I didn’t mention that I believe Hitler was not a Christian because paedobaptism is bogus, but please be assured that I do not regard him as a loyal Catholic. You might, however, have the grace to correct your own comment that “Those who are baptized are Christians, that is de fide for Catholics.”

          • Albert

            So dealing with one issue in a two-issue comment of mine precludes dealing with the other; wonderful logic! How convenient for you that you don’t speak Spanish, but I’ll contact somebody I know who does and get back to you.

            That’s a really stupid comment. I genuinely do not speak Spanish – is that some kind of fault here? So what I did was to give reason to think that it did not matter regardless of whether the Pope said “Christian” or “a Christian”. But here I am judged as if some how I am being deliberately evasive. You’d think you Protestants have the God-given right to judge Catholics wrong regardless, sometimes.

            I didn’t mention that I believe Hitler was not a Christian because paedobaptism is bogus, but please be assured that I do not regard him as a loyal Catholic.

            Your views on infant baptism are irrelevant, because it is the Pope’s meaning in his own words that we are discussing.

            You might, however, have the grace to correct your own comment that “Those who are baptized are Christians, that is de fide for Catholics.”

            Why should I correct that? It’s true, and as I said:

            Hitler was a Christian – a Catholic no less, because he was baptized as one. However, he was not Christian (a Christian if you prefer) in his beliefs and practices. The holocaust was not a reflection of Hitler’s faith in Jesus (which appears to be the purpose of Dawkins’ argument) and Trump’s views on walls are clearly not either.

            You might have the grace to withdraw that most recent comment, which judges unjustly.

          • Anton

            Yes, this is not a discussion about paedobaptism, but the point is that you wrote, “Those who are baptized are Christians, that is de fide for Catholics” so I pointed out the inconsistency of your words with the oft-repeated Catholic comment that Hitler was not a Christian/Catholic, nothing to do with us, he never got confirmed.”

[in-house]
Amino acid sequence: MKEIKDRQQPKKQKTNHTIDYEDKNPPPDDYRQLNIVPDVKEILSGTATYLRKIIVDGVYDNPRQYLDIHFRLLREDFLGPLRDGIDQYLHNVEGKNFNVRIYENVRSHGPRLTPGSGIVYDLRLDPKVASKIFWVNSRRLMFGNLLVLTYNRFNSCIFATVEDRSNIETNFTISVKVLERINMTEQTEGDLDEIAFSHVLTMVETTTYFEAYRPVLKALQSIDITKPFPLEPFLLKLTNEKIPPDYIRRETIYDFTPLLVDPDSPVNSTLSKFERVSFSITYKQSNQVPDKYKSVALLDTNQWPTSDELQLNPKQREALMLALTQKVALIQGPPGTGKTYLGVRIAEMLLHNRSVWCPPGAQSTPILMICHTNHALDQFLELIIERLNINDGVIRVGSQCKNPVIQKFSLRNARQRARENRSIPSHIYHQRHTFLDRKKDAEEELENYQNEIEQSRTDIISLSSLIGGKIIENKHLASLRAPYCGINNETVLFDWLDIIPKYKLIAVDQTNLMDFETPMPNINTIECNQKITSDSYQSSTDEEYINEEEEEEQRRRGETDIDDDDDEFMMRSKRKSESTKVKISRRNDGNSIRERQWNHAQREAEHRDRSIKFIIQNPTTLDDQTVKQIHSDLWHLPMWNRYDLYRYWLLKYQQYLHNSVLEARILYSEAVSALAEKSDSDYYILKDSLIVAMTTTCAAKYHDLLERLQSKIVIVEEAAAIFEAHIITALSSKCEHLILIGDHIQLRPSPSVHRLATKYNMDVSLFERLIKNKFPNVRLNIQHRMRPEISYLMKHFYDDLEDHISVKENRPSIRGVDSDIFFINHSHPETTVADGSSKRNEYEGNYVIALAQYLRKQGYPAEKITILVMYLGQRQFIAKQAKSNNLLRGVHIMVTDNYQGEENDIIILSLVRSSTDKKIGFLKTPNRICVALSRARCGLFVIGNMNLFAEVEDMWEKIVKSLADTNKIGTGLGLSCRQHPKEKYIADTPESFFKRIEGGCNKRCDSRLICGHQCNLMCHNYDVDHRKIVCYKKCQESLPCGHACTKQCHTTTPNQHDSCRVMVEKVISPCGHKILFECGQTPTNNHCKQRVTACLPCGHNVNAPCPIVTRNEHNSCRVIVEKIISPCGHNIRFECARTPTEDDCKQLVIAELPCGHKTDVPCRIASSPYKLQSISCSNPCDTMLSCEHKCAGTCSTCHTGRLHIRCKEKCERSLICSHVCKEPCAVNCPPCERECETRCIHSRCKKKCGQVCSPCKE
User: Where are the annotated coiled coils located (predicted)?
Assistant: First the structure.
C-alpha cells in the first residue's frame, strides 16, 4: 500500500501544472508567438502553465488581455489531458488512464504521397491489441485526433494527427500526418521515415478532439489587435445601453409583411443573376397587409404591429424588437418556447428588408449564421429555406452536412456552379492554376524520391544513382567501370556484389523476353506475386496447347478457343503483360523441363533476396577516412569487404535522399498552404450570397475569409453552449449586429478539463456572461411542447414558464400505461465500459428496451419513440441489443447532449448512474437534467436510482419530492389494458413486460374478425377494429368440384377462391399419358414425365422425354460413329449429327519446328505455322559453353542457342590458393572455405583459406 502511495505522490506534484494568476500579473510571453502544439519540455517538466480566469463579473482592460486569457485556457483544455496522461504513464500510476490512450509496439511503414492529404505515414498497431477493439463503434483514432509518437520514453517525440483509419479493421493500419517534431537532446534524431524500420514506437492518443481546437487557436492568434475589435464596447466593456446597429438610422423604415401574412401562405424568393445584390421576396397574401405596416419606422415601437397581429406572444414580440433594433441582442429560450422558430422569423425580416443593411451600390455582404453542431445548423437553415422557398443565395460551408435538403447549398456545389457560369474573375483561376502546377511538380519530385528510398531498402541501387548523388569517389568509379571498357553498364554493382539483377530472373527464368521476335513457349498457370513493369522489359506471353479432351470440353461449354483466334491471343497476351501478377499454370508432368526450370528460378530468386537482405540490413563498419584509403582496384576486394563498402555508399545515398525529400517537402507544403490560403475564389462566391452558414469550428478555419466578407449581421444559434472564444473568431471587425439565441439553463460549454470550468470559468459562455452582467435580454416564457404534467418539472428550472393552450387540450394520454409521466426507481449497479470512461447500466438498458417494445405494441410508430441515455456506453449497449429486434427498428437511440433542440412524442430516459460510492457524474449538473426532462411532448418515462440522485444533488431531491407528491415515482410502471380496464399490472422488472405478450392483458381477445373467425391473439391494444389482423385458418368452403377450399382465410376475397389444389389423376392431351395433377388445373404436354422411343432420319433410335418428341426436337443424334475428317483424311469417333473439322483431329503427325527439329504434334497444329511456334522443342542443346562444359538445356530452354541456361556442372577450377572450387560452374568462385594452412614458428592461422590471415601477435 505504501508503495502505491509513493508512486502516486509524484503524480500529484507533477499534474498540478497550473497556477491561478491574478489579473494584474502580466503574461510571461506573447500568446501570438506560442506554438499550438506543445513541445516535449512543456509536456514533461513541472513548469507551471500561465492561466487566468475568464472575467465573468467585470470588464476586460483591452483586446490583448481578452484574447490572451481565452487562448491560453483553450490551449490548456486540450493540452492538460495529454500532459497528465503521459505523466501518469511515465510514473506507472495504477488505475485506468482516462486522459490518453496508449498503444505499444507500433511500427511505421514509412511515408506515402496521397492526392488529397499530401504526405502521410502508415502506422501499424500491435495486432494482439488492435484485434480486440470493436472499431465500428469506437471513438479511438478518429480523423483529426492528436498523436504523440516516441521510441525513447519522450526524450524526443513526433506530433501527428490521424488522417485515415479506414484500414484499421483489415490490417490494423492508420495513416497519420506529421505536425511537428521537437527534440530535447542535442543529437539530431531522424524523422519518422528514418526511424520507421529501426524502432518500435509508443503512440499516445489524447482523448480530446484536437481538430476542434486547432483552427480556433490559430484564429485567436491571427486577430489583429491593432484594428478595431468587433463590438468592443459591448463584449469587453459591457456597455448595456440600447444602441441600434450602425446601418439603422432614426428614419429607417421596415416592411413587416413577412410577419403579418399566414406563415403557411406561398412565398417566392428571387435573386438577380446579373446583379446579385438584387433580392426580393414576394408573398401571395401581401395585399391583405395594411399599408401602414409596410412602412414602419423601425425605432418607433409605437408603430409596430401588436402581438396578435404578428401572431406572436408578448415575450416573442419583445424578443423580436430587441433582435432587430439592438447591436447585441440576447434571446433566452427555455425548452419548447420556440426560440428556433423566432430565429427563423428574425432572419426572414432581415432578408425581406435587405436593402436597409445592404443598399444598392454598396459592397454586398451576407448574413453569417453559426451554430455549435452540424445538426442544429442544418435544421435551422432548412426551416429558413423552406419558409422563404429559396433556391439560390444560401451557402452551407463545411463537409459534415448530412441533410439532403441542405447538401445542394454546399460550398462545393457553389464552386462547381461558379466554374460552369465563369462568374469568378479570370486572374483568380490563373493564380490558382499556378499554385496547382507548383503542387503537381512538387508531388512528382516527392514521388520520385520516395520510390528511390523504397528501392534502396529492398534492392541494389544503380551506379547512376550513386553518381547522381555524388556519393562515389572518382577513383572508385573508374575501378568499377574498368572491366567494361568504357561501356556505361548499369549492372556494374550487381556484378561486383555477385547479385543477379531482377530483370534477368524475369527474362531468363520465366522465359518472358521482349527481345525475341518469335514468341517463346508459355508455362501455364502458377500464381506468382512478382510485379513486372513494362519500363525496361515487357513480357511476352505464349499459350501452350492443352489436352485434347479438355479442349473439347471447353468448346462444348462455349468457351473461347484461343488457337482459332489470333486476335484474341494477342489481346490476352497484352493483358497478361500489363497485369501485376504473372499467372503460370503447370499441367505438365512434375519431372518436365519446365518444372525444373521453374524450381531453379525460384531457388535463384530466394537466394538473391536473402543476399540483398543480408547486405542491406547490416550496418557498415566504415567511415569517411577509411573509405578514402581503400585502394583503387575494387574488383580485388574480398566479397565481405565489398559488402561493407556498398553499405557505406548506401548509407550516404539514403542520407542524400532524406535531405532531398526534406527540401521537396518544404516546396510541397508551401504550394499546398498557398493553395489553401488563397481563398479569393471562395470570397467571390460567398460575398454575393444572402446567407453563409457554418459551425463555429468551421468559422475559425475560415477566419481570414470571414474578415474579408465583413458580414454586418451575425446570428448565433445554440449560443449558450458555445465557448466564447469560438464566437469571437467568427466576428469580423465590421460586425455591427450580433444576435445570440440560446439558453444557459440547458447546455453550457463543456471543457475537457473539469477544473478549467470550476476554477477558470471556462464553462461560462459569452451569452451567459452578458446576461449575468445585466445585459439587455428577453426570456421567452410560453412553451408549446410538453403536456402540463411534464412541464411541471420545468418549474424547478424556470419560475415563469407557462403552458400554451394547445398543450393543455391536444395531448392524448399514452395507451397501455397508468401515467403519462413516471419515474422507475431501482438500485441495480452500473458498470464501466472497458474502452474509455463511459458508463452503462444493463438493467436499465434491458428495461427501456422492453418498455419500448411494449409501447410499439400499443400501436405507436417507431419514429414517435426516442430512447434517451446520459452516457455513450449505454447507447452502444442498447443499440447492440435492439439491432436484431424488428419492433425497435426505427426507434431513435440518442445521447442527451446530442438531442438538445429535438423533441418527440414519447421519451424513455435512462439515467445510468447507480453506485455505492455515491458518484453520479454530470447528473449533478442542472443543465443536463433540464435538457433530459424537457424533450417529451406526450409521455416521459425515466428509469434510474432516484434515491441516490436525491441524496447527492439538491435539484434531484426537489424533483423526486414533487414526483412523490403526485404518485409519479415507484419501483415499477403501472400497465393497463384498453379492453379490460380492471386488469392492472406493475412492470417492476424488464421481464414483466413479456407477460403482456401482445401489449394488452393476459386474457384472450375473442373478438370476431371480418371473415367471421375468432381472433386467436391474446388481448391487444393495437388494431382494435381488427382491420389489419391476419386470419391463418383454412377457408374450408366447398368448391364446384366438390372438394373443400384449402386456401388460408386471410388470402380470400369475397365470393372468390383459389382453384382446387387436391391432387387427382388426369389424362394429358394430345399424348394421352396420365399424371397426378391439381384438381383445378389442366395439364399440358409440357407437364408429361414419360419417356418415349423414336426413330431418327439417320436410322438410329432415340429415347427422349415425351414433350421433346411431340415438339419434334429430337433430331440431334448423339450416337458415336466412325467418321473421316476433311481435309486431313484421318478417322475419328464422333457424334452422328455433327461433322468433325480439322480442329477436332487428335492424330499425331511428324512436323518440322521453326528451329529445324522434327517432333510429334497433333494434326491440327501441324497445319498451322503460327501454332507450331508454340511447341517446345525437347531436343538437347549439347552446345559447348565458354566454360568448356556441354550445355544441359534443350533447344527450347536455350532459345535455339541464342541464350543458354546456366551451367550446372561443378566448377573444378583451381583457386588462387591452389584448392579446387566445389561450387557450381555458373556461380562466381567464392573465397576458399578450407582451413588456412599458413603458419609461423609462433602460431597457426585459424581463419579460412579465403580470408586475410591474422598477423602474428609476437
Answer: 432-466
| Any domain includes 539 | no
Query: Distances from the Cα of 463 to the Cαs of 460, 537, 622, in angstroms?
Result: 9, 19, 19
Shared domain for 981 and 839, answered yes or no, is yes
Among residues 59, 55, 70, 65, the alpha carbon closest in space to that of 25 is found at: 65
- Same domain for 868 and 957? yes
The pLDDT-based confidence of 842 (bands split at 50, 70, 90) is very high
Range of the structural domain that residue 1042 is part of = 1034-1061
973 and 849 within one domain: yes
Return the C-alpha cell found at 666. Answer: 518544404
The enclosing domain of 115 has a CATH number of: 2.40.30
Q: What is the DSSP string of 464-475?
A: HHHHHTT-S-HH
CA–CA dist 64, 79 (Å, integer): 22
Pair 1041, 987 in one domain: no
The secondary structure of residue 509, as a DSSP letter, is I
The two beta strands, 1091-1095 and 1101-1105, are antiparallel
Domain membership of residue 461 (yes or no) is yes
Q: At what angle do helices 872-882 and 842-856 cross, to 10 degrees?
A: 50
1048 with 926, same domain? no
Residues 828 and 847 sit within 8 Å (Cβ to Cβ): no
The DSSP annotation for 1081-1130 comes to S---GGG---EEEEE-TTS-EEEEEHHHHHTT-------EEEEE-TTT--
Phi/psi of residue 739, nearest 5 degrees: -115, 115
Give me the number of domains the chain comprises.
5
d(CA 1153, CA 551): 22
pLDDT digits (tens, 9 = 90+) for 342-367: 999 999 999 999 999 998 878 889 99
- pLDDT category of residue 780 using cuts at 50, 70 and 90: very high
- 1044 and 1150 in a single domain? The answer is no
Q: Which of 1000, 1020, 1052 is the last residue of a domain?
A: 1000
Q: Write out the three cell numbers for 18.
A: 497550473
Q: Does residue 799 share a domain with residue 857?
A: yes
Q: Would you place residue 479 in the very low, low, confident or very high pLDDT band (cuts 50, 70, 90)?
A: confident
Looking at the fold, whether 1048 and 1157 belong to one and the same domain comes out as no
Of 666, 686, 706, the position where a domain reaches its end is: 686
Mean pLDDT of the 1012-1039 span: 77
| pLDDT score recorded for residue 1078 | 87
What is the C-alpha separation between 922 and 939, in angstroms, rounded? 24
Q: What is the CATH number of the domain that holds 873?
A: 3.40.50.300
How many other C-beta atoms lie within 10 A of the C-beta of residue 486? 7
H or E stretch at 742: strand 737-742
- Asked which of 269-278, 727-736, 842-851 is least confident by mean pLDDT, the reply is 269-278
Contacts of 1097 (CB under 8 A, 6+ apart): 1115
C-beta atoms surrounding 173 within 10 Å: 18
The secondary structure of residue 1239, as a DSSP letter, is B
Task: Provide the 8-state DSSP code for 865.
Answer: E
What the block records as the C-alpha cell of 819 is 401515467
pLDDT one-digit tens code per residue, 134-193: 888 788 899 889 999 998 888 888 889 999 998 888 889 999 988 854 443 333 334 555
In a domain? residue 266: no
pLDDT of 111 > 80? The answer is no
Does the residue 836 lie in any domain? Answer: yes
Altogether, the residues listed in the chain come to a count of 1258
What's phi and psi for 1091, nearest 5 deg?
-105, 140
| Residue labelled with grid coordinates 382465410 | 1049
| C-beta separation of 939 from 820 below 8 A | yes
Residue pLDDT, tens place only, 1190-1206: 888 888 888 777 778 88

As a matter of fact I agree with those who say he was not a Catholic/Christian. I’m merely pointing out an inconsistency between what you and many other Catholics say. Its your problem, not mine.

          • Albert

            Yes, this is not a discussion about paedobaptism, but the point is that you wrote, “Those who are baptized are Christians, that is de fide for Catholics” so I pointed out the inconsistency of your words with the oft-repeated Catholic comment that Hitler was not a Christian/Catholic, nothing to do with us, he never got confirmed.”

            Which is, of course, not a comment I made.

            As a matter of fact I agree with those who say he was not a Catholic/Christian. I’m merely pointing out an inconsistency between what you and many other Catholics say. Its your problem, not mine.

            This is just to show a lack of precision. The reason people say “Hitler was not a Christian/Catholic” is to say “Hitler did not believe or do the things he did, on account of his Christianity/Catholicism”. He clearly did not regard himself as a Christian/Catholic, he clearly, and explicitly, rejected Christianity. He wanted to annihilate Christianity. But, by baptism, he remained a Christian/Catholic. The same could be said of Marx and Protestantism and Stalin and Eastern Orthodoxy. Such is the goodness of God’s grace in Christianity.

            And this maps out exactly onto Trump. He is a Christian in exactly the same sense as Hitler, Marx and Stalin were (though obviously, the comparison is profoundly unfair to Trump, since he isn’t in the league of any of these three). His policy on walls is deeply questionable from a Christian perspective. But the statement which Francis made, whether or not he meant “a Christian” or “Christian” does not apply to Trump, because it is so hyperbolic. But in the light of Catholic teaching, it is clearly meant in an adjectival sense.